“Before you send $30m of my money to Mexico I want to ask some questions!”

Saturday, March 18, 2006 by

The seventh – and last – series of The West Wing has begun transmission on More4. Having previously bailed out from the show on grounds of it no longer being not even a faint shadow of its former mighty self, it’s proved impossible not to be drawn back to see how the whole sprawling mess tries to resolve itself.

The penultimate series had blown the whole format apart, ditching what was left of the original structure of carefully plotted self-contained episodes exploring weighty matters of state for an increasingly preposterous sequence of melodramas involving, among other things, yet another Middle East war, someone bringing a blob of plutonium into the White House, Martin Sheen lying on the bathroom floor unable to move his legs, and an asteroid threatening to collide with the Earth.

The thing jumped the shark so many times it got boring reserving a space on the beach. Nobody behaved how they should. Long-established character profiles were ripped to shreds. People who’d spent five series being the closest of friends now had bare-knuckle fights with each other. The press secretary, someone whose career prior to politics had been plugging Hollywood movies, was made Chief of Staff. Alan Alda turned up as a Republican candidate to pontificate like he used to do every week in M*A*S*H. And right at the very very end, Leo McGarry, who’d had two heart attacks in the woods a dozen episodes earlier, was suddenly announced as a candidate for Vice-President.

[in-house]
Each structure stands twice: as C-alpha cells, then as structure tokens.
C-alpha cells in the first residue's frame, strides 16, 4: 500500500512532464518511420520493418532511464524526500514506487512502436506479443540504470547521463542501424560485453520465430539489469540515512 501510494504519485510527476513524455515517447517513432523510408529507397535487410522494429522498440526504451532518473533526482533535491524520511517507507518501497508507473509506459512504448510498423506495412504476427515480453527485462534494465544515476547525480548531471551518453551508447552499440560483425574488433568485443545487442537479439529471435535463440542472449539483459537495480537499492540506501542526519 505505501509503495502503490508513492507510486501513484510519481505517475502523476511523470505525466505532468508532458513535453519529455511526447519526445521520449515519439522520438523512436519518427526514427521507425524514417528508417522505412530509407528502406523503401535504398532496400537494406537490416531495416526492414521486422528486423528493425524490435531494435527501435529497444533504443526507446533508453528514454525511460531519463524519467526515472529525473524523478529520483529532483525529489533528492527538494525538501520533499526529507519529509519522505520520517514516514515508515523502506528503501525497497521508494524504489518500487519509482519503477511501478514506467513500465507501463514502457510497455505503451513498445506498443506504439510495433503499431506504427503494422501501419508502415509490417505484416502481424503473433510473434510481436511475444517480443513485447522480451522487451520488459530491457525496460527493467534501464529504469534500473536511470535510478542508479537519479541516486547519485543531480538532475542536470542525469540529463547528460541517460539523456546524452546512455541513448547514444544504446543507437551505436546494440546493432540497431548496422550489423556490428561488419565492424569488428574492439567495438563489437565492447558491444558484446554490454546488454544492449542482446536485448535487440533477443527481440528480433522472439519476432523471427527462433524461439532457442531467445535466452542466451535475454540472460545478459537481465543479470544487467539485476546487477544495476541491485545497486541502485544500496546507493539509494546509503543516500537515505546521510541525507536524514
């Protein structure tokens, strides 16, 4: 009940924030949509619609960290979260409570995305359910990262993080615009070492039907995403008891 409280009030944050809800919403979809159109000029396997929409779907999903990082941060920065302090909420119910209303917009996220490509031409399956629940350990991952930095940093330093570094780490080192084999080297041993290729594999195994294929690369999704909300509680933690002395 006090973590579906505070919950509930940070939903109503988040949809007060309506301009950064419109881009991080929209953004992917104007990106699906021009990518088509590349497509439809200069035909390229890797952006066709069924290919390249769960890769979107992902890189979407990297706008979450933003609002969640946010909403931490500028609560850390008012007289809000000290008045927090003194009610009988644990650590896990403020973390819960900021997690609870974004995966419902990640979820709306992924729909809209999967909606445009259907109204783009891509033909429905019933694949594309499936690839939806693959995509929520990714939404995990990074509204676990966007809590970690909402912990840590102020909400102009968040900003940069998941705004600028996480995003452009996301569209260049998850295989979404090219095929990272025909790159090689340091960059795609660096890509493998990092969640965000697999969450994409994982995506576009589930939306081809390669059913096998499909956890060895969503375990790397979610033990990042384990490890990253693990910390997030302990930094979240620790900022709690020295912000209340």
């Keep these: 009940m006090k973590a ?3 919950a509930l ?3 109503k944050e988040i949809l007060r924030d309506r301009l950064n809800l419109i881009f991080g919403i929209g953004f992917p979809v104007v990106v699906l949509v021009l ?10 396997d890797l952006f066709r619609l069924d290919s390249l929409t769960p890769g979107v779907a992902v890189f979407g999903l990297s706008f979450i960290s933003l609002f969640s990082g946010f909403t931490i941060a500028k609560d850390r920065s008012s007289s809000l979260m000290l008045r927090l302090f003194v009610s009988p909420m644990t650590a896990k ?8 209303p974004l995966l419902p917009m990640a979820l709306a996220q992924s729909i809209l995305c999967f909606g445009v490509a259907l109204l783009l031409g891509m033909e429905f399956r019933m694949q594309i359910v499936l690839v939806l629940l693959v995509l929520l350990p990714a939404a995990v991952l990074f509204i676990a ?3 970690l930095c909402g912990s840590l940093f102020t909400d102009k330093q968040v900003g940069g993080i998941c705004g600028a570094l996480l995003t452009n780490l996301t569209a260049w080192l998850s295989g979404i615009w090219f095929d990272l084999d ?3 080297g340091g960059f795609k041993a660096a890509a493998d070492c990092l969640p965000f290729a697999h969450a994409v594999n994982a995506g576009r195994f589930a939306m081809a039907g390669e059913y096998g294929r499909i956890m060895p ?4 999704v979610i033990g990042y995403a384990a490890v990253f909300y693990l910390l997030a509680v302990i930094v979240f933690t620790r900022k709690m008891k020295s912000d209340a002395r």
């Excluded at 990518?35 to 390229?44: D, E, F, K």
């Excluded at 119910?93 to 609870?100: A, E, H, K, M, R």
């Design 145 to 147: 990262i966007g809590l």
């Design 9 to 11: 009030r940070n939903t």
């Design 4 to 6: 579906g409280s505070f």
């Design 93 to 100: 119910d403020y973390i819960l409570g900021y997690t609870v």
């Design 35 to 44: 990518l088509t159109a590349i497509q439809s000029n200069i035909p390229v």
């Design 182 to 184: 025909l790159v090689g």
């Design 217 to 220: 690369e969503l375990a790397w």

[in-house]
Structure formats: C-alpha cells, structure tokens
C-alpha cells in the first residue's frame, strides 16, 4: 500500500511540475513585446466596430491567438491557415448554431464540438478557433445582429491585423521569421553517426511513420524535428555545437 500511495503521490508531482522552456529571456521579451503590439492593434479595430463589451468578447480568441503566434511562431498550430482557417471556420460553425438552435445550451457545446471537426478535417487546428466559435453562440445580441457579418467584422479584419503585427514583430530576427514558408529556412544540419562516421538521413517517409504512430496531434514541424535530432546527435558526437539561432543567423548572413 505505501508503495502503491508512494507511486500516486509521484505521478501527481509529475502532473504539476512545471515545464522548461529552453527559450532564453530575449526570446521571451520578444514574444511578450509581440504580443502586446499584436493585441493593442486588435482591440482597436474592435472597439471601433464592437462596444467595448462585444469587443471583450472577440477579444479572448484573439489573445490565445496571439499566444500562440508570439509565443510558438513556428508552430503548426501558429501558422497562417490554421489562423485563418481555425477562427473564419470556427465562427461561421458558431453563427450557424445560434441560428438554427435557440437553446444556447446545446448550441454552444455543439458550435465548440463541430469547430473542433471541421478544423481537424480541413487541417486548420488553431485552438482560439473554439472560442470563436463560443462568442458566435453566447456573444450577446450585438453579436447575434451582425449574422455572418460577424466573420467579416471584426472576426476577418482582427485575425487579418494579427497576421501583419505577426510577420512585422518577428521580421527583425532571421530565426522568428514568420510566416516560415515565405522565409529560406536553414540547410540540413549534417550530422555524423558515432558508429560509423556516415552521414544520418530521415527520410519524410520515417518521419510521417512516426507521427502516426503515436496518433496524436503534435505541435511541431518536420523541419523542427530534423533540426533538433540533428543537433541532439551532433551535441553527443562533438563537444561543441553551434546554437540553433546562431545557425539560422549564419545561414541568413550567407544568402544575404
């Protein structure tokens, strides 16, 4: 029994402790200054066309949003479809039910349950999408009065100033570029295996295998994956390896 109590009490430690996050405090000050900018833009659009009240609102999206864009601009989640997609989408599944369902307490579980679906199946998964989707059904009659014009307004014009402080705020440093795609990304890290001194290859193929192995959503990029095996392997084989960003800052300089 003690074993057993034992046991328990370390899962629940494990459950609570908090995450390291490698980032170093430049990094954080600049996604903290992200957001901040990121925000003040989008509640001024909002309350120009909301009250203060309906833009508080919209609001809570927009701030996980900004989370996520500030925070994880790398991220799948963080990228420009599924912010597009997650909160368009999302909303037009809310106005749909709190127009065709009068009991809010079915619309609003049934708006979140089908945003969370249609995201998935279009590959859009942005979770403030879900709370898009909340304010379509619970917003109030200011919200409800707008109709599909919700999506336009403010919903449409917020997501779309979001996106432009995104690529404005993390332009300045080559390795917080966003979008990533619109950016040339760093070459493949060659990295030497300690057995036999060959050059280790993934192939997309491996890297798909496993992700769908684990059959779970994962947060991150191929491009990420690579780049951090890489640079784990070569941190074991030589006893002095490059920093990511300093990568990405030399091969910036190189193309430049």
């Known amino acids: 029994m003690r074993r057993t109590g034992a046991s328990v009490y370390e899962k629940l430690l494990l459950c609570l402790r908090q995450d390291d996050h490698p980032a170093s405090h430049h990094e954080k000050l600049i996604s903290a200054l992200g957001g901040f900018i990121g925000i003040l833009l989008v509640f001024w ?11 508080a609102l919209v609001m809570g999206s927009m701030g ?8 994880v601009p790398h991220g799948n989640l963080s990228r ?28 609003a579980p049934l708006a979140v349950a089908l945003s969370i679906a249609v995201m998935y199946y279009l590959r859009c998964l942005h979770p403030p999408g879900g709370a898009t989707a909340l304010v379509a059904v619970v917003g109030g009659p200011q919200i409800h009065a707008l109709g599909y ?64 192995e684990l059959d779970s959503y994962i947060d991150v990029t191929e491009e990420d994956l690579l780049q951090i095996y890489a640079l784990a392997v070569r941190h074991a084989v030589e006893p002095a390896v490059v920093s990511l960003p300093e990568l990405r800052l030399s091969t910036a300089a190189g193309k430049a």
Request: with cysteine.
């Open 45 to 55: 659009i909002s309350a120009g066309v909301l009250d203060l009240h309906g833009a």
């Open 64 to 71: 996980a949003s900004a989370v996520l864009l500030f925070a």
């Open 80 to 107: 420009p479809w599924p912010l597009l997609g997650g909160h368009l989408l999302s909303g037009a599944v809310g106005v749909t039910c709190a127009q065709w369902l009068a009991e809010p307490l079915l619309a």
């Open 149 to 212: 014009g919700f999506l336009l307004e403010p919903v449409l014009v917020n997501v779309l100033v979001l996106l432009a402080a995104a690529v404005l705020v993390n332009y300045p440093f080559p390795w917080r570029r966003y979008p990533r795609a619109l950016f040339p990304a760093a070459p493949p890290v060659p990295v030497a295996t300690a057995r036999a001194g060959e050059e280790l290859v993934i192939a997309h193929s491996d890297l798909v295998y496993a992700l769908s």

So what did the new series have to top this? As if pressing on with the main themes of last year wasn’t bad enough (everyone hates everyone else and the President is a lame duck, literally) so far we’ve had one episode begin with – shudder – a dream sequence and another with – ditto – a musical montage. Once the show’s writers would have raced a good few country miles before resorting to either of those kinds of winsome cliches. But not now. All the schlock and schmaltz that was once carefully kept in check is now allowed to run amok.

Yet despite it being the last series, the budget appears to be enormous: fighter planes, conference halls, thousands of extras … The producers are seemingly throwing everything at The West Wing in the hope something sticks in the memory. Unfortunately what does stick is the impression of a once great TV ship of state slipping all-too slowly into quicksand.

There are 100 days of this fictional Presidential campaign left to run. Someone will end up the winner. And it won’t be us.


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